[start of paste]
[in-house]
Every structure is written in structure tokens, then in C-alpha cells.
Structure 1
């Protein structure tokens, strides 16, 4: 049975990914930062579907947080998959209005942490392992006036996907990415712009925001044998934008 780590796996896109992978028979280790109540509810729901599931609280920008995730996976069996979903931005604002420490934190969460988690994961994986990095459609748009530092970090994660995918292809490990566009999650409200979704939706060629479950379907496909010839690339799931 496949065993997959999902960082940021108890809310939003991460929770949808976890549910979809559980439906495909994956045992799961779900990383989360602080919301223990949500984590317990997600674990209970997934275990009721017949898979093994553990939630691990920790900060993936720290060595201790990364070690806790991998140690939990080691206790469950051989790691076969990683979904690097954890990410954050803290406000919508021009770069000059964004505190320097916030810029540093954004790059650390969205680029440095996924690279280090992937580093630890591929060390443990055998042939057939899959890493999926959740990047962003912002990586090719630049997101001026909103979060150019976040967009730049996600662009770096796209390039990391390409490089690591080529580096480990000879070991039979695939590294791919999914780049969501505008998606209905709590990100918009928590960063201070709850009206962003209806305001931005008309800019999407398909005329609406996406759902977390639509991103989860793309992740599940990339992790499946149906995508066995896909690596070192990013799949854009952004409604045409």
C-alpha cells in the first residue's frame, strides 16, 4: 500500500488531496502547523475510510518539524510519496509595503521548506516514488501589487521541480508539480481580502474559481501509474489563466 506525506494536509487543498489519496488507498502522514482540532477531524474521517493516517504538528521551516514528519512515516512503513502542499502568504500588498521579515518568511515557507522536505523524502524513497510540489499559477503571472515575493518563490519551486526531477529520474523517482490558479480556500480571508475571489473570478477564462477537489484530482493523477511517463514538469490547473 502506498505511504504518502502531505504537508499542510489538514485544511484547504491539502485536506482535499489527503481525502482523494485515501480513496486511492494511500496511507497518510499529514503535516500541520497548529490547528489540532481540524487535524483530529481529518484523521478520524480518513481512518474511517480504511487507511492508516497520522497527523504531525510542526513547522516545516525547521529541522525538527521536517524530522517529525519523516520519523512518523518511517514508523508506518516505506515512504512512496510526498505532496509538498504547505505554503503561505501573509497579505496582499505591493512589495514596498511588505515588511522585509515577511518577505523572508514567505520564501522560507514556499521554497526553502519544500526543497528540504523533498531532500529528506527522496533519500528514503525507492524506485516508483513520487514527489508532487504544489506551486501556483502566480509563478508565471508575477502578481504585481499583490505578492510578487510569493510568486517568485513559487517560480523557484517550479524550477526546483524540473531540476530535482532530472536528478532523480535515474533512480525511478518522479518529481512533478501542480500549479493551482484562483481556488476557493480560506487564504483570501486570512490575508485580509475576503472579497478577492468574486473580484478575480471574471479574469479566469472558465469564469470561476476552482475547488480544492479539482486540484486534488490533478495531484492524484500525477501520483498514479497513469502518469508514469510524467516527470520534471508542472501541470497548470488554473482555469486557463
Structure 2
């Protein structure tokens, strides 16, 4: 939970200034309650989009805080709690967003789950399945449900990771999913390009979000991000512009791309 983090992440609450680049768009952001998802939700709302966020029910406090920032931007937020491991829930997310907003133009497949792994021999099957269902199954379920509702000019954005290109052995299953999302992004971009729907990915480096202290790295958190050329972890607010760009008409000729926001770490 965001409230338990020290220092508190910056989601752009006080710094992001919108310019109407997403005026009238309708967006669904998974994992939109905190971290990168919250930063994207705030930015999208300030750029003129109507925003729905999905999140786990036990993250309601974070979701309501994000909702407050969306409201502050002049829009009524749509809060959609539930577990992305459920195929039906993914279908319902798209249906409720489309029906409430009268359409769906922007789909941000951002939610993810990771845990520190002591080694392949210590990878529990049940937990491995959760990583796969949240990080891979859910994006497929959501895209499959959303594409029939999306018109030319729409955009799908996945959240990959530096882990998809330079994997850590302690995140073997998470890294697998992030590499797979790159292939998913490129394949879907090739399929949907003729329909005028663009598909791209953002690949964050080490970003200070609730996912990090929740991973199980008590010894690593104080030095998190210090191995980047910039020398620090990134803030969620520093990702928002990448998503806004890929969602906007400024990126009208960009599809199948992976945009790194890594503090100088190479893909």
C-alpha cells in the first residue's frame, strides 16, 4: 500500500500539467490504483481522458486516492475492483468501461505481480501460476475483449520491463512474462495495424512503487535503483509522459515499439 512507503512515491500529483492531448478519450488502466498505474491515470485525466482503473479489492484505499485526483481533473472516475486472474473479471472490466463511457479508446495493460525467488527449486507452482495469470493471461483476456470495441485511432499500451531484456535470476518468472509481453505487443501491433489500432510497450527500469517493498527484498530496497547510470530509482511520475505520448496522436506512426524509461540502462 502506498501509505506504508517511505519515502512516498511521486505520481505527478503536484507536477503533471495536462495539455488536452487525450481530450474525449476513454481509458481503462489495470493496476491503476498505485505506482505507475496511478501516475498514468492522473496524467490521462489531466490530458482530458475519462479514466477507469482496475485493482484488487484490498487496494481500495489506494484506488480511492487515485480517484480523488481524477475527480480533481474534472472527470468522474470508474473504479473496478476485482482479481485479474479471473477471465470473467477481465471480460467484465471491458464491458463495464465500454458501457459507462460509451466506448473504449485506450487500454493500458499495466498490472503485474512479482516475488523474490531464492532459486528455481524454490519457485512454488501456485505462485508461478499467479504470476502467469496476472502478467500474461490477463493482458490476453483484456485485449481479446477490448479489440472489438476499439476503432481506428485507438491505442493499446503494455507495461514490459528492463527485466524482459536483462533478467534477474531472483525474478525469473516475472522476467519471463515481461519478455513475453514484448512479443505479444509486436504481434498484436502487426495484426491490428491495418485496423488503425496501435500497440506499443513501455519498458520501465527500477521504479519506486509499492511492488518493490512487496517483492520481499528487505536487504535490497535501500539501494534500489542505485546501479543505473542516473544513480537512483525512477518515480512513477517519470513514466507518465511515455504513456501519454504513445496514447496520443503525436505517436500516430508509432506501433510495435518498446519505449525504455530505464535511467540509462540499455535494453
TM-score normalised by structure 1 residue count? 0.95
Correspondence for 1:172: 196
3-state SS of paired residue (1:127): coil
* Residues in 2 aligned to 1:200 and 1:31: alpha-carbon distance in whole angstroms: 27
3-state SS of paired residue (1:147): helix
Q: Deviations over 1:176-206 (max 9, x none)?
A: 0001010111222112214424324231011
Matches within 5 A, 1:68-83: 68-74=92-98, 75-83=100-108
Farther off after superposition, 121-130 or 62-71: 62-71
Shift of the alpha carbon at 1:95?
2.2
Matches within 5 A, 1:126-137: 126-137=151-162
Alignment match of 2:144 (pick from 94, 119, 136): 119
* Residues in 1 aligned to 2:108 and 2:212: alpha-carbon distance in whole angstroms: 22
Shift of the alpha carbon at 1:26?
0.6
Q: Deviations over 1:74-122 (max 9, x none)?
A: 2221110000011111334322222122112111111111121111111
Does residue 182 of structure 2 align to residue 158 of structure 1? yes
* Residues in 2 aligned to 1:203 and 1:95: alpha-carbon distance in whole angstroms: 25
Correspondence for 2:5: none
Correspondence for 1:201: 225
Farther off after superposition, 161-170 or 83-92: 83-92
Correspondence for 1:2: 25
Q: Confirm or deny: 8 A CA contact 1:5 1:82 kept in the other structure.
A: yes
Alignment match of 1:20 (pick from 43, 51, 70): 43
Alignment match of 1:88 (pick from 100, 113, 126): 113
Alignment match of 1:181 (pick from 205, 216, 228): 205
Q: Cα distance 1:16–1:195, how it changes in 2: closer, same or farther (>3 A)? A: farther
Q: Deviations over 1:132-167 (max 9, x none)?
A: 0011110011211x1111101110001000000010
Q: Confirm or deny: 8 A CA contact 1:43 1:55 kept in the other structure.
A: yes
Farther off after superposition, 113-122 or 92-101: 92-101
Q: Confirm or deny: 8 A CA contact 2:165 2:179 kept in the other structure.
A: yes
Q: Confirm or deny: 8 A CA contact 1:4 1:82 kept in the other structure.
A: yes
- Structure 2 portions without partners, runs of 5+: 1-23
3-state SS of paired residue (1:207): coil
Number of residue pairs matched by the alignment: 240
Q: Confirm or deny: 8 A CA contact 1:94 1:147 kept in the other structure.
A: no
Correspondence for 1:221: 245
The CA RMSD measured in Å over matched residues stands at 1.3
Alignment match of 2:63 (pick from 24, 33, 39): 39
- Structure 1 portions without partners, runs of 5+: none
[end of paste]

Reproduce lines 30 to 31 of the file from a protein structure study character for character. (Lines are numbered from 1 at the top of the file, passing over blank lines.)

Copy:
Correspondence for 1:201: 225
Farther off after superposition, 161-170 or 83-92: 83-92